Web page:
Permanent Mission of the Kingdom of the Netherlands to the UN, United States

Over 60 countries step up sanctions against Syria

Diplomats from over 60 countries are meeting in The Hague to tighten the sanctions against the Syrian regime and improve their enforcement. This fourth meeting of the Friends of the Syrian People International Working Group on Sanctions is being hosted by foreign minister Uri Rosenthal and co-chaired by Canada and Tunisia.

Diplomats from over 60 countries are meeting in The Hague to tighten the sanctions against the Syrian regime and improve their enforcement. This fourth meeting of the Friends of the Syrian People International Working Group on Sanctions is being hosted by foreign minister Uri Rosenthal and co-chaired by Canada and Tunisia.

In his opening address, Mr Rosenthal said: ‘By imposing sanctions we are sending an important message and helping to further isolate the regime. But sanctions will only have an impact if they are carried out effectively. That is how we can make a difference.’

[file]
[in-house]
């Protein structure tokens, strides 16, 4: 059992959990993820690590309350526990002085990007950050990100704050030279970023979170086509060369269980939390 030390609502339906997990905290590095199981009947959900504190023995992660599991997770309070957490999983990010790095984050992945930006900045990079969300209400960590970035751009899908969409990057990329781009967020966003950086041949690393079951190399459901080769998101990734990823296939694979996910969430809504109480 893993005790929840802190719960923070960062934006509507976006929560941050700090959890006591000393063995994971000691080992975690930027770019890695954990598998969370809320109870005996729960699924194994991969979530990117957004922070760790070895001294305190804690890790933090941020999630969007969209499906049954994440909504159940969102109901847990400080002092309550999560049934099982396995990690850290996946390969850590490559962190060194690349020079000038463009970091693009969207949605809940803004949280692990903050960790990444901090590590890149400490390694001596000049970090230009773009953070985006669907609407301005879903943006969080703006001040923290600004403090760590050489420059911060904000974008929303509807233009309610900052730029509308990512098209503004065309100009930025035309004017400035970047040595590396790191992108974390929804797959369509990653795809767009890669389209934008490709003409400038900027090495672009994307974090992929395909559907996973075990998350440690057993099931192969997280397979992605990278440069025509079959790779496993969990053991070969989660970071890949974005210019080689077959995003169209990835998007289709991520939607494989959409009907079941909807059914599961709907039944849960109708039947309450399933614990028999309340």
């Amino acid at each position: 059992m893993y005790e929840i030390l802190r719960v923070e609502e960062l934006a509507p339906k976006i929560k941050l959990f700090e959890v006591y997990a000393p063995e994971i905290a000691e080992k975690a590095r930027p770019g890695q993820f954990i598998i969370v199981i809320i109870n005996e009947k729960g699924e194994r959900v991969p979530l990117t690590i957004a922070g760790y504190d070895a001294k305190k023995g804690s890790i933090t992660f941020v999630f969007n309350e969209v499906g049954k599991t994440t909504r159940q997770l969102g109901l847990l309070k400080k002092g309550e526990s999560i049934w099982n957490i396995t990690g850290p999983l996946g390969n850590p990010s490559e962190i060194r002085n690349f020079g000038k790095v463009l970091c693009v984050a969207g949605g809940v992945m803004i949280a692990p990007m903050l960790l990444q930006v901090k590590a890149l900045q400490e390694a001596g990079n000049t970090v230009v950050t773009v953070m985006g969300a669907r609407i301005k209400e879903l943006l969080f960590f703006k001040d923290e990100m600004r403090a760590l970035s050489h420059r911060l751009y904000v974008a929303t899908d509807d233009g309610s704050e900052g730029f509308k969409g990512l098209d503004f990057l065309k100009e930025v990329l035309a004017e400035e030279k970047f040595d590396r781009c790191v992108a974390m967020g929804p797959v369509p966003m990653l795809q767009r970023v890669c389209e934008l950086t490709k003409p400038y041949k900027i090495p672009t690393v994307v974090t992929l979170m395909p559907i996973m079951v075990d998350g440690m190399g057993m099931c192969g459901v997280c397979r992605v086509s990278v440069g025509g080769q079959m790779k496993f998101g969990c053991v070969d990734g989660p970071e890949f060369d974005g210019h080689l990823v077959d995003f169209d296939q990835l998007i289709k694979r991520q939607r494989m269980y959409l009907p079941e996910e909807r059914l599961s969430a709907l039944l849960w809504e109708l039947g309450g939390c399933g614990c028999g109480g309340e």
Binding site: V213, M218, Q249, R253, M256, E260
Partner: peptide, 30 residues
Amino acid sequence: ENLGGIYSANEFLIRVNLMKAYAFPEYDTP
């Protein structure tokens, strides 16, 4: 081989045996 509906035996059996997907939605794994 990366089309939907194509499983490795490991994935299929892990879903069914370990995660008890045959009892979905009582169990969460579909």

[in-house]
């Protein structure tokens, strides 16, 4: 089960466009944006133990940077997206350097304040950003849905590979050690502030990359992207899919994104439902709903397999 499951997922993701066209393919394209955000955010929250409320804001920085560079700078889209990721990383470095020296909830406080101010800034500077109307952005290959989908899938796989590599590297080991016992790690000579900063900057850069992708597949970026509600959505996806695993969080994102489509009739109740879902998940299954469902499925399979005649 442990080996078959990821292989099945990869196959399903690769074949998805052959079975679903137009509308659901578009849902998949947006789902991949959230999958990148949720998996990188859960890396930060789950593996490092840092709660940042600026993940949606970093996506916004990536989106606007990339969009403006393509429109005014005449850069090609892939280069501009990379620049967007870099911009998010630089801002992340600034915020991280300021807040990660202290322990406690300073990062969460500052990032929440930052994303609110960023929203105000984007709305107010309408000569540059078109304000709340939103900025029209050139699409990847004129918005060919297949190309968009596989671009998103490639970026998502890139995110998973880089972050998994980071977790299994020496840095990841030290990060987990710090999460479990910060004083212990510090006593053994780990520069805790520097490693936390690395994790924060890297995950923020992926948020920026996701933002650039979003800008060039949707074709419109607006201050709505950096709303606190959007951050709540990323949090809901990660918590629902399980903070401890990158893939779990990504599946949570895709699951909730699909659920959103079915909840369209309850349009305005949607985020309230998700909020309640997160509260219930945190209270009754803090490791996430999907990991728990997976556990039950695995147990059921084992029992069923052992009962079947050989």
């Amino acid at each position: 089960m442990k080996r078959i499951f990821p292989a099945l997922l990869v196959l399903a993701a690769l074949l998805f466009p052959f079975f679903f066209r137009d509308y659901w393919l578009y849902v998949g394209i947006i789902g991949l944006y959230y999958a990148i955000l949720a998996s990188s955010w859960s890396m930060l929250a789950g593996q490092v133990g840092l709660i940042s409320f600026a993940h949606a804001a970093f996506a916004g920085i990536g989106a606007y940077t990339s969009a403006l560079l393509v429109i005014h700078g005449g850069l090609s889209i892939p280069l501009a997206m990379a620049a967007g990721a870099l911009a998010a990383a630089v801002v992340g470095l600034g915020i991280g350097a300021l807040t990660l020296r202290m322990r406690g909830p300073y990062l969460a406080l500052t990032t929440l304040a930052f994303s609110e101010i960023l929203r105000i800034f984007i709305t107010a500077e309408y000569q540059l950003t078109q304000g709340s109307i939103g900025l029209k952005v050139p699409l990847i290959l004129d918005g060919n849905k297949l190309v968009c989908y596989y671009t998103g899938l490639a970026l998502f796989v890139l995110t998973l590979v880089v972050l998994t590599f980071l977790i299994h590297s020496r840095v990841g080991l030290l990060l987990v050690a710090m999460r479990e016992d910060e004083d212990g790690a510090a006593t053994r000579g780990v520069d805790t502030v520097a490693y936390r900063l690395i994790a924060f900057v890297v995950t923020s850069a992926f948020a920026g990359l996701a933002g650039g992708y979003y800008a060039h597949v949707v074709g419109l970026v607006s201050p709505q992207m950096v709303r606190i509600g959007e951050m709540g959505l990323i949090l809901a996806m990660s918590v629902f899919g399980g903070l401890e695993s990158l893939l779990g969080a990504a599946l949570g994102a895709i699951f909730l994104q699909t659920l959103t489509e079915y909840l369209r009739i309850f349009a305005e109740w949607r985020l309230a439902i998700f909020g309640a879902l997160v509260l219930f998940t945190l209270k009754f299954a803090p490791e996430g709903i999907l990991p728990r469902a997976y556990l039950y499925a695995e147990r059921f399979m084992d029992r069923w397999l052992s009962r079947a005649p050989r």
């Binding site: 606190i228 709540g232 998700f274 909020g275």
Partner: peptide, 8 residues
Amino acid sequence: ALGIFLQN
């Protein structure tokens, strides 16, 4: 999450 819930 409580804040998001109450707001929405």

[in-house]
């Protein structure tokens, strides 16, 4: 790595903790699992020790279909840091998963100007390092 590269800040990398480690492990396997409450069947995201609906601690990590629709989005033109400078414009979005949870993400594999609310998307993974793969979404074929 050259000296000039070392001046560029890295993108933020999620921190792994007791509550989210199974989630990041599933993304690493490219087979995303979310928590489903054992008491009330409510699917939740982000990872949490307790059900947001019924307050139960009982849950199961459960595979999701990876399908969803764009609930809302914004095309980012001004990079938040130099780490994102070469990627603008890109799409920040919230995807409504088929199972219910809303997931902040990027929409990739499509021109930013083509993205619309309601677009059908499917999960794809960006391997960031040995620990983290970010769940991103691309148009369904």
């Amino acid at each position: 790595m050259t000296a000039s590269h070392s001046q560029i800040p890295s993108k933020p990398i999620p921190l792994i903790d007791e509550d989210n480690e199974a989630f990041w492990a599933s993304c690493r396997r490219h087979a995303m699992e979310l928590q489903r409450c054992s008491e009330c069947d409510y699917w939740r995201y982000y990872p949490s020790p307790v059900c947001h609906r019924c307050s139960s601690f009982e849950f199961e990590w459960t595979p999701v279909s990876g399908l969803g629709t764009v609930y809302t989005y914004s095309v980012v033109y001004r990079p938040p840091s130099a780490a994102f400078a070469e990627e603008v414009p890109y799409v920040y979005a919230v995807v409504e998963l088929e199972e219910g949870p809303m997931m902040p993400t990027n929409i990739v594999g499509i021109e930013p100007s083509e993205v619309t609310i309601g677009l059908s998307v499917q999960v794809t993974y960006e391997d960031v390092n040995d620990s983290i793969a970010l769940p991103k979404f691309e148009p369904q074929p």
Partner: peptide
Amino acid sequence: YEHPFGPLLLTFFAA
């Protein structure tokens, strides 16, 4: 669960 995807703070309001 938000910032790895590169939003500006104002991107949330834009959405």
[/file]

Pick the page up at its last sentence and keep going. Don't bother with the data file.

The aim is to encourage more countries to impose sanctions. Ten new countries are participating in the meeting, including Colombia end New Zealand. Countries that already have sanctions in place are talking about expanding them. To make existing sanctions as effective as possible, ways are being sought of closing loopholes and improving cooperation between public authorities and the private sector. This includes compiling a list of government contact points in different countries where companies can obtain information.

Participants include all the EU countries, the United States, Canada, Australia, all the Gulf States, Jordan, Turkey and the Arab League. The Syrian Economic Taskforce is also represented.

Previous meetings of the Sanctions Working Group were held in Paris, Washington and Doha (Qatar). In The Hague, financial sanctions are receiving extra attention. Financial experts are being consulted, for example on how to prevent sanction evasion and identify suspect transactions.

Participants are also discussing how to encourage companies to stop doing business with the Syrian regime, for example by warning them of the damage to their reputation. The lifting of sanctions for defectors is also under consideration, though this does not mean that any crimes they have committed will be ignored.